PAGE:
The plot is quite literally XBox huge. Prior to playing TLJ I was certain that either Morrowind or Oblivion had set the world record for most text in a single game. I was horribly, horribly wrong. The Longest Journey is so long mostly because it has TEXT EVERYWHERE. Even NPCs that you will only ever speak to once have pages and pages of dialog. The NPCs also like to ramble for long periods of time about things with lots of apostrophes in their names (“GREETINGS, I AM THE AWK'WA'R'BA'K VICE PRESIDENT OF DUR'P'HU'R'P'DE'RPISTAN, PLEASE, LET ME SING YOU THE SONG OF MY PEOPLE”). At times I felt like I was playing through a Tim Buckley comic as some kind of sick, twisted punishment for hating Final Fantasy 7. Fortunately, there's right-click and the escape button, both of which enable you to skip the many long-winded dialogs about nothing. And trust me, you WILL be using right-click. I tried not to until about the second chapter when I began wishing I had a device that would kick the game's developers in the balls every time a sentence contained more than one apostrophe. If you can ignore the pointless rambling and only keep up with the main plot, it's quite entertaining (not to mention it lasts like 30 hours). The one thing that's absolutely loveable about it is the characters (particularly those in the big city) actually swear instead of talking like Mormons, up to and including telling each other to fuck themselves (something I wasn't even aware had been done in a game prior to about 2003). Unfortunately, I can't really divulge too many details (other than that your character's name is April Ryan, no relation to Jack or Andrew) without completely ruining the plot.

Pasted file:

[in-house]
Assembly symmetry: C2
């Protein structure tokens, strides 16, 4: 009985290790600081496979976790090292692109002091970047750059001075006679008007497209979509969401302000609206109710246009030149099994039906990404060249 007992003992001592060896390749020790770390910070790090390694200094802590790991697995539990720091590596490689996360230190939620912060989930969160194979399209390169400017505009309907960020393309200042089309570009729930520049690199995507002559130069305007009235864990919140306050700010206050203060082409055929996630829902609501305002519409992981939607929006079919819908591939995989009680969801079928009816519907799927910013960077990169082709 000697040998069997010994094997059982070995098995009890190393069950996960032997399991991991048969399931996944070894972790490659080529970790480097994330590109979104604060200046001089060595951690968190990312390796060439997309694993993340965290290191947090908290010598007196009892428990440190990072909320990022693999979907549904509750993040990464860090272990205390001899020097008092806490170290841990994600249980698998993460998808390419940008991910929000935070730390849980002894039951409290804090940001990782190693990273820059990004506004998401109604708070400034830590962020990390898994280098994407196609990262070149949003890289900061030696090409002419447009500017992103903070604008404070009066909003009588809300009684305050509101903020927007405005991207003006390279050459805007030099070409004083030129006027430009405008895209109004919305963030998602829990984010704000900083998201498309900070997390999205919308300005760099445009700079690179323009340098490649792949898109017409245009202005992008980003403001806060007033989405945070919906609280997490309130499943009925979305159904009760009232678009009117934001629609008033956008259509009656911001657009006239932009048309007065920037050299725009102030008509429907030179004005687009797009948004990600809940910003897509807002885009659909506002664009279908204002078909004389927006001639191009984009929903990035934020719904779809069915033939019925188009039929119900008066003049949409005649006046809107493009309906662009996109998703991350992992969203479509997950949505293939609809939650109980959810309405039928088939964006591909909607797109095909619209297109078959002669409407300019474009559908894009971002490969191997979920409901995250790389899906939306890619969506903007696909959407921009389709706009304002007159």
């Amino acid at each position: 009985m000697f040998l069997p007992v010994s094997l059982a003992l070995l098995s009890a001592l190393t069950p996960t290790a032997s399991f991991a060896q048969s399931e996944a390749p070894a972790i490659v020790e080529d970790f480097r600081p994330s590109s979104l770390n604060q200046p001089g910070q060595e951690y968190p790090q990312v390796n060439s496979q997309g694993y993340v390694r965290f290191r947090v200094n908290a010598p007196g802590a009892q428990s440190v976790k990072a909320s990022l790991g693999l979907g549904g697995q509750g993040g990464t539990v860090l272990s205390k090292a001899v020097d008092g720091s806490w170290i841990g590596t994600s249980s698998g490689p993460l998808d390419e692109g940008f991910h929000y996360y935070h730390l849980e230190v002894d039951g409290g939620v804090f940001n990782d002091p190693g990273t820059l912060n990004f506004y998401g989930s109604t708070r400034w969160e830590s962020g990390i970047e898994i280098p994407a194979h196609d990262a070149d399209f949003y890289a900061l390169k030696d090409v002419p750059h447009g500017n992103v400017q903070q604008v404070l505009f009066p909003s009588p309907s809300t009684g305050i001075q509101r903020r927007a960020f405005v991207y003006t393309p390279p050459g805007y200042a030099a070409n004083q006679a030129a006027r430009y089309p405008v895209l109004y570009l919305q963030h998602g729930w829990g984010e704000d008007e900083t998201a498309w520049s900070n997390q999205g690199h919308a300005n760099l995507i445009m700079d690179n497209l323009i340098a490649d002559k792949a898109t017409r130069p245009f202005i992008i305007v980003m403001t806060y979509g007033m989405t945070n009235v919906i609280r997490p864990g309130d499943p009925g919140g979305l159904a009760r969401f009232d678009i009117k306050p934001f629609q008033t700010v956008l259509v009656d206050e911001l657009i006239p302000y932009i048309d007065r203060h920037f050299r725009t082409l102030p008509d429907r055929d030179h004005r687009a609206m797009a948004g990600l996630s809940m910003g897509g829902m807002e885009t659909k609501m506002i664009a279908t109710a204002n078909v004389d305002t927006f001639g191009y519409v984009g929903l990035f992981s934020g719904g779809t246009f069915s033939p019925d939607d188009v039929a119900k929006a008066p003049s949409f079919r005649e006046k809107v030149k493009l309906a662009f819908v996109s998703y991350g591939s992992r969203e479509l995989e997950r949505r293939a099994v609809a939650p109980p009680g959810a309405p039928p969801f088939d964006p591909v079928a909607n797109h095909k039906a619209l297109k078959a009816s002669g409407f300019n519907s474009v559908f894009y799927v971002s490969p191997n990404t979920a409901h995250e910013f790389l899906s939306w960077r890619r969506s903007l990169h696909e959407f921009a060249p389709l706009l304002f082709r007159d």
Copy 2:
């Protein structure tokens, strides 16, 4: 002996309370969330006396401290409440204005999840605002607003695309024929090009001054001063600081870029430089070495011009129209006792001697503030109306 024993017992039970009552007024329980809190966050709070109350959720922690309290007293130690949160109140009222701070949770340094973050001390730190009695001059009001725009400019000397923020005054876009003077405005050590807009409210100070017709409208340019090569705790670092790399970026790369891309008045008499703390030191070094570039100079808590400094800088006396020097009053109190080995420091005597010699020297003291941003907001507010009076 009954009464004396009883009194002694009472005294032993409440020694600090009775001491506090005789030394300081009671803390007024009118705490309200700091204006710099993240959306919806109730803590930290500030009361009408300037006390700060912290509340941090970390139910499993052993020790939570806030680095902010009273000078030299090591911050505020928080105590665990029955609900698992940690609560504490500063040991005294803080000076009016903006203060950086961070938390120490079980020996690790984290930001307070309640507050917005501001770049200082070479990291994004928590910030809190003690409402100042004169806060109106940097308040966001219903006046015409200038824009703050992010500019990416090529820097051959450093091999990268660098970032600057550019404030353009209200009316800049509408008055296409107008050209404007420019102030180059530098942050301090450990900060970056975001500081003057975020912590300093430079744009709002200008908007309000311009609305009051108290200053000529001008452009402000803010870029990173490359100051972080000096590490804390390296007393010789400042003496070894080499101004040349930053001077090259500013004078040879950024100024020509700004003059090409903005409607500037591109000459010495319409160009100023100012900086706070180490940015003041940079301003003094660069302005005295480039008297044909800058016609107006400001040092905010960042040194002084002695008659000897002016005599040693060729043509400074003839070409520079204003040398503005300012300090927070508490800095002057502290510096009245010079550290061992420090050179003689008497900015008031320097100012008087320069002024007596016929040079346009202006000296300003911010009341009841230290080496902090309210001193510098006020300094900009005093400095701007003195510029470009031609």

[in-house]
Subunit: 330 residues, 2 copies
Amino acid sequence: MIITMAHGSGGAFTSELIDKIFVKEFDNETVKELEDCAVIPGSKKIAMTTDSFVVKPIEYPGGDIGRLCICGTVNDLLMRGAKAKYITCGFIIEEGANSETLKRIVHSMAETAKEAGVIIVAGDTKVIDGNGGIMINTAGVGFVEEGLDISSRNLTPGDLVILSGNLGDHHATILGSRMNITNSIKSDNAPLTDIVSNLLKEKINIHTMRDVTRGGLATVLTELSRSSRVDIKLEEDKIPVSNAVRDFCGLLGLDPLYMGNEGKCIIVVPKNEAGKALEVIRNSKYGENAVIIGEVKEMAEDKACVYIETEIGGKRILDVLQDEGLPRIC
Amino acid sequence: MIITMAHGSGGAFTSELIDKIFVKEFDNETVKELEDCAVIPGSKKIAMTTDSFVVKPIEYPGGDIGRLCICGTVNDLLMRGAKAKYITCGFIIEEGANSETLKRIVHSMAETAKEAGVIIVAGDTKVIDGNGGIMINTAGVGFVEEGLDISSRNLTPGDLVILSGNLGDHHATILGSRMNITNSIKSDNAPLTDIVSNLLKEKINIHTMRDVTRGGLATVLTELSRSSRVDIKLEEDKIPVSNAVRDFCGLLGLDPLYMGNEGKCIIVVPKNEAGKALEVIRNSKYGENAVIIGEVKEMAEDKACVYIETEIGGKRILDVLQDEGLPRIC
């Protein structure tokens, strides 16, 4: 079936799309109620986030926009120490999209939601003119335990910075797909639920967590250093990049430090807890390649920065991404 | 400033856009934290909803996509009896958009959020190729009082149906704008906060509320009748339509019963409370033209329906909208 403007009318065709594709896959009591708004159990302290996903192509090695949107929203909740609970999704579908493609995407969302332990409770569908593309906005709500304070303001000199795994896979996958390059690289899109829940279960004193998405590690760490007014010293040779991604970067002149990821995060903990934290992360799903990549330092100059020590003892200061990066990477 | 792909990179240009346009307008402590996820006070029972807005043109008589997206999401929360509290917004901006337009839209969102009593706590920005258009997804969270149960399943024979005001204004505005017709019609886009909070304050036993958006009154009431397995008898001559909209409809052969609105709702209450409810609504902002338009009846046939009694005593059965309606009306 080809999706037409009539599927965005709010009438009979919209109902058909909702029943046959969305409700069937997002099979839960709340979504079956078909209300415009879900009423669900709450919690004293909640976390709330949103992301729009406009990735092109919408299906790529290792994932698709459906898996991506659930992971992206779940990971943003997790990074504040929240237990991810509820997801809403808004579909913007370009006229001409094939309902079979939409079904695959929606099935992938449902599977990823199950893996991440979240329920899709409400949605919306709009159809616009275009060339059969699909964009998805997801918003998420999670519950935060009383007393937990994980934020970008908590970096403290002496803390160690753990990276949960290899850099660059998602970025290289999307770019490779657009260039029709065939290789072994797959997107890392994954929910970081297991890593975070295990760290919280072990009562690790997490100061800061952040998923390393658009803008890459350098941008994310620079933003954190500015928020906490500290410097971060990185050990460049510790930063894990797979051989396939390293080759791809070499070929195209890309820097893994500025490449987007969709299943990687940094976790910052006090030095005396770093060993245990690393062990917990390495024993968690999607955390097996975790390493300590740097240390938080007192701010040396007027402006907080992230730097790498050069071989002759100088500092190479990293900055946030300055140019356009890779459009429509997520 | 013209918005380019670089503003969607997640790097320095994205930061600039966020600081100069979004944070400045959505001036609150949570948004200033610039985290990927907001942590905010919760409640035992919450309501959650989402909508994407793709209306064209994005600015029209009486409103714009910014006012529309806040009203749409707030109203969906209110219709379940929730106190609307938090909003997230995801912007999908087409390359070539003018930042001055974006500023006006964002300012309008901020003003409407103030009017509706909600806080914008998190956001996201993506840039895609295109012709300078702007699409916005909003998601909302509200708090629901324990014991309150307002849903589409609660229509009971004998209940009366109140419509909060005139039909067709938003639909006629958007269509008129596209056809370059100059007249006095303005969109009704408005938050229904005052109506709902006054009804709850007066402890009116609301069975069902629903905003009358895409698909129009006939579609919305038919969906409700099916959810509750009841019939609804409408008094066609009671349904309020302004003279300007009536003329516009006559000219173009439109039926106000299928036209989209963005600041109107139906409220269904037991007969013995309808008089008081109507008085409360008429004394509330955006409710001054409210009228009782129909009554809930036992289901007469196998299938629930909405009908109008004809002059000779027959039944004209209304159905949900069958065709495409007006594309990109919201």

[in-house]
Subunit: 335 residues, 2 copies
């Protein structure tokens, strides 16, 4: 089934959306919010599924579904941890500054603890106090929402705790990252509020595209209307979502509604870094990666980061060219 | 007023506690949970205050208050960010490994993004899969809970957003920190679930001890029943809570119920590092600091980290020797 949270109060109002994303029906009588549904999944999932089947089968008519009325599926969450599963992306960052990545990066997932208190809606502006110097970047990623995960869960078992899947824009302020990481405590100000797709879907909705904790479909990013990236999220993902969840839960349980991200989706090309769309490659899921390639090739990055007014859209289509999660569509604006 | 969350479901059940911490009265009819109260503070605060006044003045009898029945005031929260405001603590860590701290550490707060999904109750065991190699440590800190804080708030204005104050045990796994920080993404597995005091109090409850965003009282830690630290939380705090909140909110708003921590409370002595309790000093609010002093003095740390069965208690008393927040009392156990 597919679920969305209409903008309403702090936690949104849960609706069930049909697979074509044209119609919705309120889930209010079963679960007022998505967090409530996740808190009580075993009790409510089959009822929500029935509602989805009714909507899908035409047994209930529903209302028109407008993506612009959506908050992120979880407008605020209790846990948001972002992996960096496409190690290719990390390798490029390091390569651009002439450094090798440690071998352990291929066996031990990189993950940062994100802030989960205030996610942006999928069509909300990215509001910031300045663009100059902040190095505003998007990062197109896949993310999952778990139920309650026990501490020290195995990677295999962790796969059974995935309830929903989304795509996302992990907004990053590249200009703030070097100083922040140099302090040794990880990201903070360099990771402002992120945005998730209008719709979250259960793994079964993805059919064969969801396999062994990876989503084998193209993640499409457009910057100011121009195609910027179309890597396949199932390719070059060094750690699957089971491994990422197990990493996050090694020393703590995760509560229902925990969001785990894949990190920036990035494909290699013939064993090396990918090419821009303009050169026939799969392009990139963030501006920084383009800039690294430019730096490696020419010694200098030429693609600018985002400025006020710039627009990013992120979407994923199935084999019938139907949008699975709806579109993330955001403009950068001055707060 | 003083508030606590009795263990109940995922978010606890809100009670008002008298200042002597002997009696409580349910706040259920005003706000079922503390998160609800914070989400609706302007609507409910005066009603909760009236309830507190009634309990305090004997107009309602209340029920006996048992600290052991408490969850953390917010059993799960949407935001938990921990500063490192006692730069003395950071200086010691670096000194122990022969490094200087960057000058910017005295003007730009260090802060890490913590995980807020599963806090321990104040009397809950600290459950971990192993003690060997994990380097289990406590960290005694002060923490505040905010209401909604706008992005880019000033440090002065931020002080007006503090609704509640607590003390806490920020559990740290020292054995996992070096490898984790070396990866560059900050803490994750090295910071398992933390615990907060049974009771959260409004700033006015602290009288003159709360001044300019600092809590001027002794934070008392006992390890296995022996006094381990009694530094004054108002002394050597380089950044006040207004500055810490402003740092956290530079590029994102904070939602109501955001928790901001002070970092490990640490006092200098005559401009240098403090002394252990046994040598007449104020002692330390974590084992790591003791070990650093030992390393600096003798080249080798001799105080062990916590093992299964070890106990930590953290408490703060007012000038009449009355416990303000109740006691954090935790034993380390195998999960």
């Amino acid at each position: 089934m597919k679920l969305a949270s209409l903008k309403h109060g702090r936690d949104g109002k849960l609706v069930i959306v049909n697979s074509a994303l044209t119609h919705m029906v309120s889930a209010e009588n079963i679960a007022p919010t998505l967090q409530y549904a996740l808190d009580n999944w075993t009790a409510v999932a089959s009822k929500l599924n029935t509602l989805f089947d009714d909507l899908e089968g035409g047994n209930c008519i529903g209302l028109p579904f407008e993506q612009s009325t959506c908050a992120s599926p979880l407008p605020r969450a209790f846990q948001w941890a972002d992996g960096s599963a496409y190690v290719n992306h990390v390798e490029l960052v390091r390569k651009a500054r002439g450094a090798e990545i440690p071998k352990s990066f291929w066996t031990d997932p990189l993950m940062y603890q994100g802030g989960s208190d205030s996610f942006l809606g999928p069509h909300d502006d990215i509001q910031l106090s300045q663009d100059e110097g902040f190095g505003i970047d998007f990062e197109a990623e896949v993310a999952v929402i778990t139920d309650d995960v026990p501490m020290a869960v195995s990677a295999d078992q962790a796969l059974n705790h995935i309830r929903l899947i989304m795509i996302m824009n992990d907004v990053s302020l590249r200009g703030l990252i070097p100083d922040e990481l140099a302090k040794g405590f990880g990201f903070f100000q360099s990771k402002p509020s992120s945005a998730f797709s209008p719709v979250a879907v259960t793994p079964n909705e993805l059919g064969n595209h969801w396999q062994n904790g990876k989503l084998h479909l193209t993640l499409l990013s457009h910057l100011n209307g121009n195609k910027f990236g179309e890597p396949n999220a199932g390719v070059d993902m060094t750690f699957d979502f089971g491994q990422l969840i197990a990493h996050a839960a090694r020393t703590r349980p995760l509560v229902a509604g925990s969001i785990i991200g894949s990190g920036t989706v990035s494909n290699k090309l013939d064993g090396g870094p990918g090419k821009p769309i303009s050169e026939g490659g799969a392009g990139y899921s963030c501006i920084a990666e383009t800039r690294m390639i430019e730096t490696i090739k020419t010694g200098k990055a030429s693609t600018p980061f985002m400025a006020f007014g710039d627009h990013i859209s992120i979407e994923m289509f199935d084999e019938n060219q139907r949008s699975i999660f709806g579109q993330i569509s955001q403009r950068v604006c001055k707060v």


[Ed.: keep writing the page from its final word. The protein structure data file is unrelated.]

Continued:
If there's one point at which I'd have to say TLJ makes a huge downfall, it would be the horrendously ugly graphics. Normally this isn't something I would judge on - after all, my favorite game is Earthbound. Normally with an adventure game, you either leave the characters so generic that people are forced to fill them in with the imagination, or make it very clear what they look like (Monkey Island and most other LucasArts games as an example). With TLJ, the developers have PSX-era models (think Final Fantasy 7) accompanied by THE WORST FMVs I HAVE EVER SEEN, EVER. April goes from being what looks like a moderately attractive teenage female to some kind of mutant with a face that looks like it was run over by an eighteen-wheeler who hit it and then decided to back over it to end its suffering, only to drive over it again in some kind of bizarre mercy killing ritual. It's kind of hard to imagine how you could fail at CGI FMVs - seriously, look at the ones Blizzard put into Starcraft and Warcraft 3, which still look passable today. It's hard to understand WHY they bothered putting the FMVs in in the first place. Seriously, these FMVs would have sucked even for 1999. However, the non-FMV graphics are pretty neat-looking, especially the main city, Newport. Newport is a half-Bioshock, half-Anachronox, half-Broken Sword monstrosity (and yes, I'm well aware all but one of those games came out after TLJ) of a city that clearly had good art direction - although it would have been a million times better done in modern graphics.